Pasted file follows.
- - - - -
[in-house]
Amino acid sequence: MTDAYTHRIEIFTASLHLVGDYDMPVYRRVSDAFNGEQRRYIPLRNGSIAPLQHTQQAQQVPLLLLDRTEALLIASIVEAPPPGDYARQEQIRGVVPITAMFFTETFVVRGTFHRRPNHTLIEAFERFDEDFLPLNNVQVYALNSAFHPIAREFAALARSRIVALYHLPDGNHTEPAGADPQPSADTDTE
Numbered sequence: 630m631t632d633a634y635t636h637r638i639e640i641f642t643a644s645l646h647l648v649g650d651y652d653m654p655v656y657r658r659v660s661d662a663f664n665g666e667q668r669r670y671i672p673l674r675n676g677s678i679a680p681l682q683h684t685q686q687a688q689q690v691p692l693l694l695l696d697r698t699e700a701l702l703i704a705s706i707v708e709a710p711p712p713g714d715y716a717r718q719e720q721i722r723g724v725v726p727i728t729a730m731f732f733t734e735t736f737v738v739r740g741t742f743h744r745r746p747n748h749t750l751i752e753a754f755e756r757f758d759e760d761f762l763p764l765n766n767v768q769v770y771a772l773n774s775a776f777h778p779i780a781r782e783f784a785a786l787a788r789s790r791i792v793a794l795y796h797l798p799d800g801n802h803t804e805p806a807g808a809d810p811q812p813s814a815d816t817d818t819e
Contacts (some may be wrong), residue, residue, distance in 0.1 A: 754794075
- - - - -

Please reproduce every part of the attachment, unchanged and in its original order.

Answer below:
[in-house]
Amino acid sequence: MTDAYTHRIEIFTASLHLVGDYDMPVYRRVSDAFNGEQRRYIPLRNGSIAPLQHTQQAQQVPLLLLDRTEALLIASIVEAPPPGDYARQEQIRGVVPITAMFFTETFVVRGTFHRRPNHTLIEAFERFDEDFLPLNNVQVYALNSAFHPIAREFAALARSRIVALYHLPDGNHTEPAGADPQPSADTDTE
Numbered sequence: 630m631t632d633a634y635t636h637r638i639e640i641f642t643a644s645l646h647l648v649g650d651y652d653m654p655v656y657r658r659v660s661d662a663f664n665g666e667q668r669r670y671i672p673l674r675n676g677s678i679a680p681l682q683h684t685q686q687a688q689q690v691p692l693l694l695l696d697r698t699e700a701l702l703i704a705s706i707v708e709a710p711p712p713g714d715y716a717r718q719e720q721i722r723g724v725v726p727i728t729a730m731f732f733t734e735t736f737v738v739r740g741t742f743h744r745r746p747n748h749t750l751i752e753a754f755e756r757f758d759e760d761f762l763p764l765n766n767v768q769v770y771a772l773n774s775a776f777h778p779i780a781r782e783f784a785a786l787a788r789s790r791i792v793a794l795y796h797l798p799d800g801n802h803t804e805p806a807g808a809d810p811q812p813s814a815d816t817d818t819e
Contacts (some may be wrong), residue, residue, distance in 0.1 A: 754794075